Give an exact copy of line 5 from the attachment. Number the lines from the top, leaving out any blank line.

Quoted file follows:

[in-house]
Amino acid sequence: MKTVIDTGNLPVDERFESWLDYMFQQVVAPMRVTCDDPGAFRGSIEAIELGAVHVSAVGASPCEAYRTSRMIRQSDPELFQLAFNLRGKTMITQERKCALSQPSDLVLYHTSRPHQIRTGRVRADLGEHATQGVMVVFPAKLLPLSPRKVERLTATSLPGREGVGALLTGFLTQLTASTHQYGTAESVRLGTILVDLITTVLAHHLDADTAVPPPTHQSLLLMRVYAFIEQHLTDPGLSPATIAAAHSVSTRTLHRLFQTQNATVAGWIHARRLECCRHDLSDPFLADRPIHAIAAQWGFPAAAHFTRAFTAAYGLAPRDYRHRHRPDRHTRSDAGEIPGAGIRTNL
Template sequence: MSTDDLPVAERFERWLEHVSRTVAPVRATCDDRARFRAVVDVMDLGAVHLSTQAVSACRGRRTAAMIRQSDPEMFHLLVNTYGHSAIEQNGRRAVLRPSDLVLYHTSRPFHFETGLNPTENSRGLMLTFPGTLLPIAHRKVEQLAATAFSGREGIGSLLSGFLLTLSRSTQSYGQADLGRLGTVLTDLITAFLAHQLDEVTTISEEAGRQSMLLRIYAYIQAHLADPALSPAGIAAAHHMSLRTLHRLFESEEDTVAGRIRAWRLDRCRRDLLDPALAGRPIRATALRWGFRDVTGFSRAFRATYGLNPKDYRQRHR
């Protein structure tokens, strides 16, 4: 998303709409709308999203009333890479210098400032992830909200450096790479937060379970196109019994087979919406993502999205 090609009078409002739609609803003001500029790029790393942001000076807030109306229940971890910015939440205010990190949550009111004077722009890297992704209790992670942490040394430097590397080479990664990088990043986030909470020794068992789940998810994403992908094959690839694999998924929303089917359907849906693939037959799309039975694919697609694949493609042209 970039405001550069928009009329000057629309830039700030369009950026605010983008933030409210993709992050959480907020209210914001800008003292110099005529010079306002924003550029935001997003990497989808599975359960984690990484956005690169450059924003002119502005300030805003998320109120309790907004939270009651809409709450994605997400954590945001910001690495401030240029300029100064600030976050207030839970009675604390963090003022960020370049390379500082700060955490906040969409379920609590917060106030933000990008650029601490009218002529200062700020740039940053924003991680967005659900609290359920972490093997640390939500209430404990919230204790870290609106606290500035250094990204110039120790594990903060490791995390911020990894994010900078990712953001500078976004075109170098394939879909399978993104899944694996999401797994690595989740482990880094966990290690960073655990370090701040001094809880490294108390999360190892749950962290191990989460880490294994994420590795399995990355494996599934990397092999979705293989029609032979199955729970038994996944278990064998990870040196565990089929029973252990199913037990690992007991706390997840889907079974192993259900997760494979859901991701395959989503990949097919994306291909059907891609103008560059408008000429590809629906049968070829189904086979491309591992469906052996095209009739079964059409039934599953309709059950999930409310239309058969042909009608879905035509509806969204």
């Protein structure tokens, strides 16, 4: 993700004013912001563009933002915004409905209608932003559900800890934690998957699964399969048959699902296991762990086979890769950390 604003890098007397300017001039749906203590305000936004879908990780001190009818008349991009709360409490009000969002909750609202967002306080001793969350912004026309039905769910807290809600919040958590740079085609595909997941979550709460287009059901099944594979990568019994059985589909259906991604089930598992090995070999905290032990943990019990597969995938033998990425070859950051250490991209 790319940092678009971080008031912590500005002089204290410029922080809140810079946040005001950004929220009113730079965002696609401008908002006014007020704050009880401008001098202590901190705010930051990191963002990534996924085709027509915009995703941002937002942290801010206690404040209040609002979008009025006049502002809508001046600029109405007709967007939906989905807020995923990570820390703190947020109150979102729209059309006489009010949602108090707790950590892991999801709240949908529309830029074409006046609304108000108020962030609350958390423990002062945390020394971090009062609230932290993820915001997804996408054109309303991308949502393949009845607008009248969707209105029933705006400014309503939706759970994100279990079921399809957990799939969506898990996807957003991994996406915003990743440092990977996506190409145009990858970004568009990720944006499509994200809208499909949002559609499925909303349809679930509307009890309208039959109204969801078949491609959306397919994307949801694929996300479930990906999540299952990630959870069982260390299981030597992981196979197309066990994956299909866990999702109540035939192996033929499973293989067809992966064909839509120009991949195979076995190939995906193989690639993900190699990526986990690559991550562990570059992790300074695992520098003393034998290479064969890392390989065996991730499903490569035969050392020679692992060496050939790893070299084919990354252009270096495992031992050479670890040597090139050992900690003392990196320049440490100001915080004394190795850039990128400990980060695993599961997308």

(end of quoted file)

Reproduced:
């Protein structure tokens, strides 16, 4: 993700004013912001563009933002915004409905209608932003559900800890934690998957699964399969048959699902296991762990086979890769950390 604003890098007397300017001039749906203590305000936004879908990780001190009818008349991009709360409490009000969002909750609202967002306080001793969350912004026309039905769910807290809600919040958590740079085609595909997941979550709460287009059901099944594979990568019994059985589909259906991604089930598992090995070999905290032990943990019990597969995938033998990425070859950051250490991209 790319940092678009971080008031912590500005002089204290410029922080809140810079946040005001950004929220009113730079965002696609401008908002006014007020704050009880401008001098202590901190705010930051990191963002990534996924085709027509915009995703941002937002942290801010206690404040209040609002979008009025006049502002809508001046600029109405007709967007939906989905807020995923990570820390703190947020109150979102729209059309006489009010949602108090707790950590892991999801709240949908529309830029074409006046609304108000108020962030609350958390423990002062945390020394971090009062609230932290993820915001997804996408054109309303991308949502393949009845607008009248969707209105029933705006400014309503939706759970994100279990079921399809957990799939969506898990996807957003991994996406915003990743440092990977996506190409145009990858970004568009990720944006499509994200809208499909949002559609499925909303349809679930509307009890309208039959109204969801078949491609959306397919994307949801694929996300479930990906999540299952990630959870069982260390299981030597992981196979197309066990994956299909866990999702109540035939192996033929499973293989067809992966064909839509120009991949195979076995190939995906193989690639993900190699990526986990690559991550562990570059992790300074695992520098003393034998290479064969890392390989065996991730499903490569035969050392020679692992060496050939790893070299084919990354252009270096495992031992050479670890040597090139050992900690003392990196320049440490100001915080004394190795850039990128400990980060695993599961997308």